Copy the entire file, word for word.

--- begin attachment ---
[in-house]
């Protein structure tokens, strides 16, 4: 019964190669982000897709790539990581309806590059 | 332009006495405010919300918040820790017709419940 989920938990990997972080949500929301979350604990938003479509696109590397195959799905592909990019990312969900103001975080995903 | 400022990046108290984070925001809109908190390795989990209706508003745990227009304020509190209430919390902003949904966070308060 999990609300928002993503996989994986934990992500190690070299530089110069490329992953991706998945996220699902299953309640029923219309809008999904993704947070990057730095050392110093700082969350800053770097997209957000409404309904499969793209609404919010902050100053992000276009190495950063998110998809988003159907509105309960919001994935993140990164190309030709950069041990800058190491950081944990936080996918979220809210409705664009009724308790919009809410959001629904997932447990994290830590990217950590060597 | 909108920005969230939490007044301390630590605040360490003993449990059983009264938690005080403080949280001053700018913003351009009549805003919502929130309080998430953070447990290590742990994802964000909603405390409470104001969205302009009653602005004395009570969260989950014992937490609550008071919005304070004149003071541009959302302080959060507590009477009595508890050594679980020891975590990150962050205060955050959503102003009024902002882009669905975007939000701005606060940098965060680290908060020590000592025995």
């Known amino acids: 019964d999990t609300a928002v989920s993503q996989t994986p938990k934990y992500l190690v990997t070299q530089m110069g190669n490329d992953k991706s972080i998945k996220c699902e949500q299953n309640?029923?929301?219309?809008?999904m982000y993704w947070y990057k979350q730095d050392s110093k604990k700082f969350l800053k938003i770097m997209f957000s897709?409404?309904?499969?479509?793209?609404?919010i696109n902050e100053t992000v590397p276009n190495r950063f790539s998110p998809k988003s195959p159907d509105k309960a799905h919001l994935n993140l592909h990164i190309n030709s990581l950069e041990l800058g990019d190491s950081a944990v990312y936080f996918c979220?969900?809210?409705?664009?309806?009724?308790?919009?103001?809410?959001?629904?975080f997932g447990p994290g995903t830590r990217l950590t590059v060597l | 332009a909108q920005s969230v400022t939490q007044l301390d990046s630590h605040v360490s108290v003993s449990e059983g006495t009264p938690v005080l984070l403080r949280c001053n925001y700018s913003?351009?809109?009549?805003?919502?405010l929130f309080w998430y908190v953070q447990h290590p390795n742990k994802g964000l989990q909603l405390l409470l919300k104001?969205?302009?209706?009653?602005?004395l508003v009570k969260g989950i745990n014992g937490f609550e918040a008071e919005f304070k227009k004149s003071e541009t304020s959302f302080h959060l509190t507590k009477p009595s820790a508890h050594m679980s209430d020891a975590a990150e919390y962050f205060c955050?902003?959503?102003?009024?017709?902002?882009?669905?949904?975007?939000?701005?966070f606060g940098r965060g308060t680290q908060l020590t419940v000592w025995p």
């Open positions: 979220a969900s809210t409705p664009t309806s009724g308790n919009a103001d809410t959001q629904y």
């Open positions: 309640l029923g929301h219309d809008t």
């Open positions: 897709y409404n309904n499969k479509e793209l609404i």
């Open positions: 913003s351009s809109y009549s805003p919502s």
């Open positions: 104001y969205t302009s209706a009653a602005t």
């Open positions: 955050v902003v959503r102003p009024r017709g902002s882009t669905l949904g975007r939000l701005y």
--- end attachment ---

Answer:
[in-house]
């Protein structure tokens, strides 16, 4: 019964190669982000897709790539990581309806590059 | 332009006495405010919300918040820790017709419940 989920938990990997972080949500929301979350604990938003479509696109590397195959799905592909990019990312969900103001975080995903 | 400022990046108290984070925001809109908190390795989990209706508003745990227009304020509190209430919390902003949904966070308060 999990609300928002993503996989994986934990992500190690070299530089110069490329992953991706998945996220699902299953309640029923219309809008999904993704947070990057730095050392110093700082969350800053770097997209957000409404309904499969793209609404919010902050100053992000276009190495950063998110998809988003159907509105309960919001994935993140990164190309030709950069041990800058190491950081944990936080996918979220809210409705664009009724308790919009809410959001629904997932447990994290830590990217950590060597 | 909108920005969230939490007044301390630590605040360490003993449990059983009264938690005080403080949280001053700018913003351009009549805003919502929130309080998430953070447990290590742990994802964000909603405390409470104001969205302009009653602005004395009570969260989950014992937490609550008071919005304070004149003071541009959302302080959060507590009477009595508890050594679980020891975590990150962050205060955050959503102003009024902002882009669905975007939000701005606060940098965060680290908060020590000592025995």
């Known amino acids: 019964d999990t609300a928002v989920s993503q996989t994986p938990k934990y992500l190690v990997t070299q530089m110069g190669n490329d992953k991706s972080i998945k996220c699902e949500q299953n309640?029923?929301?219309?809008?999904m982000y993704w947070y990057k979350q730095d050392s110093k604990k700082f969350l800053k938003i770097m997209f957000s897709?409404?309904?499969?479509?793209?609404?919010i696109n902050e100053t992000v590397p276009n190495r950063f790539s998110p998809k988003s195959p159907d509105k309960a799905h919001l994935n993140l592909h990164i190309n030709s990581l950069e041990l800058g990019d190491s950081a944990v990312y936080f996918c979220?969900?809210?409705?664009?309806?009724?308790?919009?103001?809410?959001?629904?975080f997932g447990p994290g995903t830590r990217l950590t590059v060597l | 332009a909108q920005s969230v400022t939490q007044l301390d990046s630590h605040v360490s108290v003993s449990e059983g006495t009264p938690v005080l984070l403080r949280c001053n925001y700018s913003?351009?809109?009549?805003?919502?405010l929130f309080w998430y908190v953070q447990h290590p390795n742990k994802g964000l989990q909603l405390l409470l919300k104001?969205?302009?209706?009653?602005?004395l508003v009570k969260g989950i745990n014992g937490f609550e918040a008071e919005f304070k227009k004149s003071e541009t304020s959302f302080h959060l509190t507590k009477p009595s820790a508890h050594m679980s209430d020891a975590a990150e919390y962050f205060c955050?902003?959503?102003?009024?017709?902002?882009?669905?949904?975007?939000?701005?966070f606060g940098r965060g308060t680290q908060l020590t419940v000592w025995p």
């Open positions: 979220a969900s809210t409705p664009t309806s009724g308790n919009a103001d809410t959001q629904y």
């Open positions: 309640l029923g929301h219309d809008t």
């Open positions: 897709y409404n309904n499969k479509e793209l609404i």
């Open positions: 913003s351009s809109y009549s805003p919502s």
């Open positions: 104001y969205t302009s209706a009653a602005t």
């Open positions: 955050v902003v959503r102003p009024r017709g902002s882009t669905l949904g975007r939000l701005y």